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tea length

Richie4 | Posted in General Discussion on

What is considered tea length,  how many inches from the floor?


  1. MaryinColorado | | #1

    Tea lenght gowns are midcalf, which varies from person to person. 

    1. Richie4 | | #4

      Thank you.  Deciding where is most flattering will be the challenge.

      1. MaryinColorado | | #8

        If you think about your size; tall, petite, med, and your shape; hourglass, apple, triangle, etc.  then consider how long your torso is, the length of your legs.  Even the so called rules are only guidelines. 

        For example, in my youth I could wear almost anything and any length.  I was 5'2", very slim, with long legs, and long waisted, small hips, tiny waist, med. bust.  Hip hugger's (low cut jeans come up to my waist) so truly low cut jeans did not look good because they enhanced the long waist, short below waist area.  I wore 4" heels all the time so everyone assumed I was actually taller than I was. 

        Today, mid-fifties, I am under 5', fuller figure, large bust, and cannot wear high heels.  I usually wear skirts and pants that are ankle length or above the knee.  Almost anything in between makes me look shorter, rounder, less well proportioned.  Solid colors from top to bottom with a lower calf length vest, coat, or jacket that is more colorful and embellished or printed works as long as I have the long skirt or pants and top underneath that creates the long line.  It's all about creating the illusion, part of what makes women "mysterious". 

        Tall women with a short torso will look too leggy in short skirts and shorts, and look as if they have thier waistband up under thier chest.  Yet, almost any length below the knee looks good, except full length.  If there is no visible waist in a garment, this is less significant.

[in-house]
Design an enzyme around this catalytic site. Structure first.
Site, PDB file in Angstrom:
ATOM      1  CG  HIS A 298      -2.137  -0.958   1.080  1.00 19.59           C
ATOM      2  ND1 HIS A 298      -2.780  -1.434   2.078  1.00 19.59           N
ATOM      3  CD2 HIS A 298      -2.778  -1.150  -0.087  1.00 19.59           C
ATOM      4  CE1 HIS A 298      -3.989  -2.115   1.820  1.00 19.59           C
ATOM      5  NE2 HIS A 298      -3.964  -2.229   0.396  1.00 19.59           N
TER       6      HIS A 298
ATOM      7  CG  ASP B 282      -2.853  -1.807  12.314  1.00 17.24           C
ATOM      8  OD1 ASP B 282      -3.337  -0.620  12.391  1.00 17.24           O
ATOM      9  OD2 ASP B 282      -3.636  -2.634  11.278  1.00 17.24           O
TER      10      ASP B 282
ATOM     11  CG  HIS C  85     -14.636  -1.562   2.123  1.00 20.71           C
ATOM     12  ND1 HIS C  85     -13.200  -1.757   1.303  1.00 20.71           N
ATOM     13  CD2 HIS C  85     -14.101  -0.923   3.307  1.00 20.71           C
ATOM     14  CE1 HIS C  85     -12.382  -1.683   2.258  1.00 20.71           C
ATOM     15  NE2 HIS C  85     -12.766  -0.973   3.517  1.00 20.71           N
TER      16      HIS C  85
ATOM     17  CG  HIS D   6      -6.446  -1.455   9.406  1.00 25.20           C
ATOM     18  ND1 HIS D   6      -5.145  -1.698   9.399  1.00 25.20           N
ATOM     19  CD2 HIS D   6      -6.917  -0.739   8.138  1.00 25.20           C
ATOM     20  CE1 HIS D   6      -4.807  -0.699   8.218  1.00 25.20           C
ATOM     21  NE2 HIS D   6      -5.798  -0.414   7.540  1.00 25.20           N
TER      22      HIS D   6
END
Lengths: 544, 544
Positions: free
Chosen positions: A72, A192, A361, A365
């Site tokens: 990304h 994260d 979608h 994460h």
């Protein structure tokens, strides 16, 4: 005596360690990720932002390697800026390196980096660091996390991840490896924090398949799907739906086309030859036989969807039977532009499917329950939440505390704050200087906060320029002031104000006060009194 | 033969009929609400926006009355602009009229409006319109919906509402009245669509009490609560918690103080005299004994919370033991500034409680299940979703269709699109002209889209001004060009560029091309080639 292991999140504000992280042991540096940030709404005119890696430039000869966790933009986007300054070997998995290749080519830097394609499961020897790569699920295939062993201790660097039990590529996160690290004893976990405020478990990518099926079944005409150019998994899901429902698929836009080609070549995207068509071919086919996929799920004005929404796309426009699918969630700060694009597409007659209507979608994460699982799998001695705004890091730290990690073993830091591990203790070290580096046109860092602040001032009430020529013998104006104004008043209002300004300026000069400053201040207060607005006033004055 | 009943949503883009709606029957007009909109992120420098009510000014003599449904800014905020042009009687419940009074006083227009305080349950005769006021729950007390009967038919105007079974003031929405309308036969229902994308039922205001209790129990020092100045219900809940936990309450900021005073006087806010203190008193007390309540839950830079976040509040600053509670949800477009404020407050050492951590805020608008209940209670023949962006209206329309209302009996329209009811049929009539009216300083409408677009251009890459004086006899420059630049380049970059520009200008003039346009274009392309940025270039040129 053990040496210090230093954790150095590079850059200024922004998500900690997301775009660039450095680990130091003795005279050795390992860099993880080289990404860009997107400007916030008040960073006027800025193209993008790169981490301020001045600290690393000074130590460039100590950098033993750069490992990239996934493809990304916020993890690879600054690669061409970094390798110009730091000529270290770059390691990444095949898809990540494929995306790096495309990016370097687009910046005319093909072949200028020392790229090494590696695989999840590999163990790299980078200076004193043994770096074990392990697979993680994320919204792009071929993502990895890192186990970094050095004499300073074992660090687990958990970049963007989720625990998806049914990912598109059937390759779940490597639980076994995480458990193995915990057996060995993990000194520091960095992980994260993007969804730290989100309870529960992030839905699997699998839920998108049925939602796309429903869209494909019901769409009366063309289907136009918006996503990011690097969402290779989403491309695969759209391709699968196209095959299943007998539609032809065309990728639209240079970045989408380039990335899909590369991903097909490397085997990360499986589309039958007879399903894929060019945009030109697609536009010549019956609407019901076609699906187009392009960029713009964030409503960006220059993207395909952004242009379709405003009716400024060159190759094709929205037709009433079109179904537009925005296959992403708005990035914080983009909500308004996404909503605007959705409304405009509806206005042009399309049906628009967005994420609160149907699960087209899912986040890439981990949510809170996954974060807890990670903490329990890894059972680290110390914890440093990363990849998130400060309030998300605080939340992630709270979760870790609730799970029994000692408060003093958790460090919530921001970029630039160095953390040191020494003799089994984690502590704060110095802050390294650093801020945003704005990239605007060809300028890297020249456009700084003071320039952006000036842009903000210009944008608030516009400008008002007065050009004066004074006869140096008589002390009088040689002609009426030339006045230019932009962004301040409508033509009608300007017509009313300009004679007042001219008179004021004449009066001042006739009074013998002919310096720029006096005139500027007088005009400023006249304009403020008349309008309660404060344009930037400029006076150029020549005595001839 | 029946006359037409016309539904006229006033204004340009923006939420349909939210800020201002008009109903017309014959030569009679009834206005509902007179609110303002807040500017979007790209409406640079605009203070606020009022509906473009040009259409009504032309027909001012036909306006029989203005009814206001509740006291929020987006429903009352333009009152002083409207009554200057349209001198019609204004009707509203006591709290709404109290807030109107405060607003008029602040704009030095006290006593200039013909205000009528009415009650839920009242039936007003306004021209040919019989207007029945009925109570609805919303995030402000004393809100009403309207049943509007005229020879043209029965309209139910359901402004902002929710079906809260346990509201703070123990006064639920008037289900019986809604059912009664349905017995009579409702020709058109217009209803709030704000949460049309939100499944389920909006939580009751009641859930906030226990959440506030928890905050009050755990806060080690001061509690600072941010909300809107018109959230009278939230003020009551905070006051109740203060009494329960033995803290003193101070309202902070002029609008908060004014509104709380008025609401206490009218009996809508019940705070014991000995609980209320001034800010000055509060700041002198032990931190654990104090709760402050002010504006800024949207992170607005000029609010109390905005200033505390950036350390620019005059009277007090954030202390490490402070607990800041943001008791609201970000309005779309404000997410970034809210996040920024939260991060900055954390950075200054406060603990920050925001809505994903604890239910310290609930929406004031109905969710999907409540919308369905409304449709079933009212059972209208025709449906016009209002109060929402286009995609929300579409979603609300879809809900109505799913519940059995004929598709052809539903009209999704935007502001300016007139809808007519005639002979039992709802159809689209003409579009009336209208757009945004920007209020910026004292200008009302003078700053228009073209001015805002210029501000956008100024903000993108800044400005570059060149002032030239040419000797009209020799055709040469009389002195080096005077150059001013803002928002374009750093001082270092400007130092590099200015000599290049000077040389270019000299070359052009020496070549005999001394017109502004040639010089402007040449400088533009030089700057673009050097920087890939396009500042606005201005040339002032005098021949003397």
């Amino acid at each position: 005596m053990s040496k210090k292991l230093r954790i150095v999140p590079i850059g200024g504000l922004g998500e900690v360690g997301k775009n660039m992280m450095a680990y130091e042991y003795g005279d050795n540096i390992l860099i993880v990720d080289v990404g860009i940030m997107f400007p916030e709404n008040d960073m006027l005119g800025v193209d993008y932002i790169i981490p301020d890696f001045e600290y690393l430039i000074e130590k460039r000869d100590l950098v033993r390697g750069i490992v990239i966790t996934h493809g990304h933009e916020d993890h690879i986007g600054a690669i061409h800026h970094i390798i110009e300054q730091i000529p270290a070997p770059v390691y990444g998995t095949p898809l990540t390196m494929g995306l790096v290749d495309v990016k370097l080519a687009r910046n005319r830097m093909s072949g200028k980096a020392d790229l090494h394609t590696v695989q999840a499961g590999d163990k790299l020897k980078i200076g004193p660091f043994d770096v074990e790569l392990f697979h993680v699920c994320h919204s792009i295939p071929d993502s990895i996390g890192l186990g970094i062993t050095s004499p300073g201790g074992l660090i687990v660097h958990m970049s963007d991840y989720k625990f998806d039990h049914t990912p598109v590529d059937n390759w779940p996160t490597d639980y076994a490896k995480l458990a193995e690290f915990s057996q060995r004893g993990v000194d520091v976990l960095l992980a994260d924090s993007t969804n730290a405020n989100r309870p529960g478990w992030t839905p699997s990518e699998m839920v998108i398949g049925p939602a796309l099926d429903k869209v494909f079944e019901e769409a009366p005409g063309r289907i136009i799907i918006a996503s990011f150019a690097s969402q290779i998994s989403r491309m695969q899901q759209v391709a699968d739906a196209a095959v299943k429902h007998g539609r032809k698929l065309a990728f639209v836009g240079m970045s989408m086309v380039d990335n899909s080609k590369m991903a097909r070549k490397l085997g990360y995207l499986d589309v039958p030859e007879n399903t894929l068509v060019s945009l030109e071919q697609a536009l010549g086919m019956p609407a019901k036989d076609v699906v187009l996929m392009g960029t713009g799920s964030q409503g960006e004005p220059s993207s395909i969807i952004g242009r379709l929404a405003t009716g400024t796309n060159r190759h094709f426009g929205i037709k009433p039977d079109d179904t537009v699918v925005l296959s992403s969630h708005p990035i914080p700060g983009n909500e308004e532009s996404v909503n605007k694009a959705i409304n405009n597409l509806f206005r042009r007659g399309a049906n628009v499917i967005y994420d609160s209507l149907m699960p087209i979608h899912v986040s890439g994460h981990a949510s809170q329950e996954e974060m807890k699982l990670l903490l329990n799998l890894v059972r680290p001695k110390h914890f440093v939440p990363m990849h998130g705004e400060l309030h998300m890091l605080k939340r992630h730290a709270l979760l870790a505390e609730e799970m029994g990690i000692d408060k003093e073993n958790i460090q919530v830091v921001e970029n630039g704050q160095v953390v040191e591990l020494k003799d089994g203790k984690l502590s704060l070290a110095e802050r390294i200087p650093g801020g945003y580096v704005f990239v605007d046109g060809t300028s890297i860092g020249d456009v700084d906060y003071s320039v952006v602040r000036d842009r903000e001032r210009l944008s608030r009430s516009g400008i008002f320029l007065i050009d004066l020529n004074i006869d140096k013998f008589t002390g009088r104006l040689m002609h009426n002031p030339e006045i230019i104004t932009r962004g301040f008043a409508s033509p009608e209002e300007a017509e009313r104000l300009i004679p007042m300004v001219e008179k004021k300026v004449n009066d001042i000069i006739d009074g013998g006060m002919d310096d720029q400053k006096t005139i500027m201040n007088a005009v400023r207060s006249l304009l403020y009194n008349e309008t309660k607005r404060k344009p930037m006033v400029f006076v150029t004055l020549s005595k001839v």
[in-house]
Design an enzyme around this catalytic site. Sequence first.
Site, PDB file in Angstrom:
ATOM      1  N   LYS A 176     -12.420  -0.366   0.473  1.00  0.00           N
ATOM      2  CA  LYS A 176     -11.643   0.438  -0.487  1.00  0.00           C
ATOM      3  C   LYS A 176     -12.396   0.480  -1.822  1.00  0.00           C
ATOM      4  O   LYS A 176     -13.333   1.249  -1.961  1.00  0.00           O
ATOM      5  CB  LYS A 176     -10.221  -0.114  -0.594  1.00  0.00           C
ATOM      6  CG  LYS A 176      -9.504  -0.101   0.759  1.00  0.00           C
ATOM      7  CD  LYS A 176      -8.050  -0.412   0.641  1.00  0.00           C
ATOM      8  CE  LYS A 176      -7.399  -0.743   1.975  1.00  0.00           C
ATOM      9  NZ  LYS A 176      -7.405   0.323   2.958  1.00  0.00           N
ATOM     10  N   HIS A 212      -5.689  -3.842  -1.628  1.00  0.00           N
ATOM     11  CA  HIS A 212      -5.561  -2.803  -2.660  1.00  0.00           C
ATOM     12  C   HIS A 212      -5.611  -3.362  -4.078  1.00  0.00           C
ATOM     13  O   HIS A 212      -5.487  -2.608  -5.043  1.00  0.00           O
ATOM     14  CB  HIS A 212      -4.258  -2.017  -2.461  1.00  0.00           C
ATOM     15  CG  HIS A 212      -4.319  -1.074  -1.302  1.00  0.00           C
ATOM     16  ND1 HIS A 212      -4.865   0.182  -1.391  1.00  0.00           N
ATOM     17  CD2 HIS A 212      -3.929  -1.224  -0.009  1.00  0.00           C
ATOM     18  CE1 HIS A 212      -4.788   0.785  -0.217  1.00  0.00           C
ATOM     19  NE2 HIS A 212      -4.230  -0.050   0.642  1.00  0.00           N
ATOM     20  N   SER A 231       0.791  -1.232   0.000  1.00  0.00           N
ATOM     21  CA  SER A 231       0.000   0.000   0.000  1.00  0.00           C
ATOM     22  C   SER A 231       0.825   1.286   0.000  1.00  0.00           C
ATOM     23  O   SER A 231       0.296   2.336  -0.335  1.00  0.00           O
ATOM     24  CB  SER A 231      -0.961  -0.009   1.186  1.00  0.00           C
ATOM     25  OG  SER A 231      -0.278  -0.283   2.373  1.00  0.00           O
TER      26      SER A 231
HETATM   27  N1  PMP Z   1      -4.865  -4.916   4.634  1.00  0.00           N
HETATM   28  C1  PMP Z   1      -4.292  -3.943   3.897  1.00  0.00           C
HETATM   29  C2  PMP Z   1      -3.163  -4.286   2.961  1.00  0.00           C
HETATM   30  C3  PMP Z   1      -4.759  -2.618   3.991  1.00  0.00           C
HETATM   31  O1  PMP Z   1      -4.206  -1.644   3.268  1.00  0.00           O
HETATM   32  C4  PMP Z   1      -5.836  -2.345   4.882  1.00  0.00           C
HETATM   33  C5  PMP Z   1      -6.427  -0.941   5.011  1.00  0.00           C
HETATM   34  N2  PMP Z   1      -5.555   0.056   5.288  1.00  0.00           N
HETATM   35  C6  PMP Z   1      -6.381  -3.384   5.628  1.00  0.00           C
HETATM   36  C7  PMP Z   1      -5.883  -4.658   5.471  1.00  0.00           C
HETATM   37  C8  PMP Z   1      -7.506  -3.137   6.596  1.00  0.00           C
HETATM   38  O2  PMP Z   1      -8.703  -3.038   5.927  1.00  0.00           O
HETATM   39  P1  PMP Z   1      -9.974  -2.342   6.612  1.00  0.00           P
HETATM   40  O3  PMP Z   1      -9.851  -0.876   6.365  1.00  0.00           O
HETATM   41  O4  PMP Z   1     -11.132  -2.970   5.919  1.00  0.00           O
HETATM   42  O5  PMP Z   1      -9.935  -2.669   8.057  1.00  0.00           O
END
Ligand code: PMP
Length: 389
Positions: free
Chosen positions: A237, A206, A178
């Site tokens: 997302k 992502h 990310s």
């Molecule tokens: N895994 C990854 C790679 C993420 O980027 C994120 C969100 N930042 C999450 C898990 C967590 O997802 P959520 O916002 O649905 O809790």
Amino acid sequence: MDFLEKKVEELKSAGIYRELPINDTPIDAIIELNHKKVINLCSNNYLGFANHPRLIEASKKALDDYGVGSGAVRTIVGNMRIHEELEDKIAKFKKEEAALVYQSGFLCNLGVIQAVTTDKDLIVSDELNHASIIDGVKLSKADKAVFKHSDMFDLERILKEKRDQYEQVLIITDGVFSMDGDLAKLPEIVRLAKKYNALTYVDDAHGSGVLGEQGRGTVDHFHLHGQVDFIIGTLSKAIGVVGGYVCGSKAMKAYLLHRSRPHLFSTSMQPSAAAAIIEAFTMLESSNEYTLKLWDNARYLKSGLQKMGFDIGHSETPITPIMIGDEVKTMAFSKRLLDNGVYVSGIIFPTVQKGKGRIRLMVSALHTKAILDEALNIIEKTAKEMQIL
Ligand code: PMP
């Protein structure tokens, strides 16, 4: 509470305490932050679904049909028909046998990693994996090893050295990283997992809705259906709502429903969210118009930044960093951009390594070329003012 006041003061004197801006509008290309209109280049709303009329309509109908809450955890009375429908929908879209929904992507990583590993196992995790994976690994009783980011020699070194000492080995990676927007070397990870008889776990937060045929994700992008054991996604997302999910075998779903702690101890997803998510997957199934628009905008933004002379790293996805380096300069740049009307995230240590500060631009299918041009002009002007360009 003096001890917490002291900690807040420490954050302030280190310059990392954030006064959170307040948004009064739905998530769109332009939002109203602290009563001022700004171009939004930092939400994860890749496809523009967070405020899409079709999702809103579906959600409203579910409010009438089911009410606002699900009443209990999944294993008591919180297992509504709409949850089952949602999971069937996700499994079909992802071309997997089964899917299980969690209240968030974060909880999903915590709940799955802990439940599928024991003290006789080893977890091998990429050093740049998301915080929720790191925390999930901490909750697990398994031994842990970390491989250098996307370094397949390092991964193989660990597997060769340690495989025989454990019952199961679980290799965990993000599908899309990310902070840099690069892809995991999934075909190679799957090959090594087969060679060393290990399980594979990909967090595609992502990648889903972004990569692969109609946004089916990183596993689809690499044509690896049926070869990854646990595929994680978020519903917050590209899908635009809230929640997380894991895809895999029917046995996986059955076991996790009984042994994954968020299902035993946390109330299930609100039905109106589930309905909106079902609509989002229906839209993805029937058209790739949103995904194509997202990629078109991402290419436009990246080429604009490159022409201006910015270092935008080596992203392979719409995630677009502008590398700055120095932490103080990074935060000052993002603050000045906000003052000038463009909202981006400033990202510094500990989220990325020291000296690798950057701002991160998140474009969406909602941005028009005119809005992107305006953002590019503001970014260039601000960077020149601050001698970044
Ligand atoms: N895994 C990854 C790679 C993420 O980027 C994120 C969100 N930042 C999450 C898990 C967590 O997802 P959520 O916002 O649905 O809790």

I hope this makes sense and is helpful.  Mary



        1. Richie4 | | #10

          Yes it does.  Thanks.

  2. starzoe | | #2

    The most attractive length for tea-length skirts is just on the curve of the calf, not on the widest part but where the curve begins above the ankle. Try a few spots for the hem, look at it from the side in a full length mirror and you will find the perfect one for yourself.

    1. Richie4 | | #5

      Thank you.  I have begun the process.  That will be the difficult part.


      1. NansiSews | | #7

        Just one more note of caution:  even though it is commonly thought to be mid-calf, avoid this if it falls at the fullest part of the calf muscle-not flattering on anybody.  Look in the mirror and go a little longer in most cases.

        1. Richie4 | | #9

          Thanks.  A good point

  3. Teaf5 | | #3

    Most definitions of tea length say "mid-calf" or "midway between the knee and the ankle." It probably began as a guideline for dressing for a tea rather than a formal, but now it usually means "anything below the knee but not full-length.

    I agree with other posters that a few inches either direction can make a huge difference in how flattering a dress or skirt will be. I have very long, slim legs, but a skirt that hits mid-calf makes me look broad and squatty. Knee-length and lower-calf lengths look much, much better.

    1. Richie4 | | #6

      Thank you.

  4. joanfitzu | | #11

    I have always hemmed a tea length at 7" off the floor, including the height of the shoe. Tea length is longer than you think it would be.
    I can't find my chart for all the different lengths, I don't know if it was in Threads years ago or in Vogue Pattern Magazine, I have it in the sewing room someplace but I can't put my hand on it quickly.

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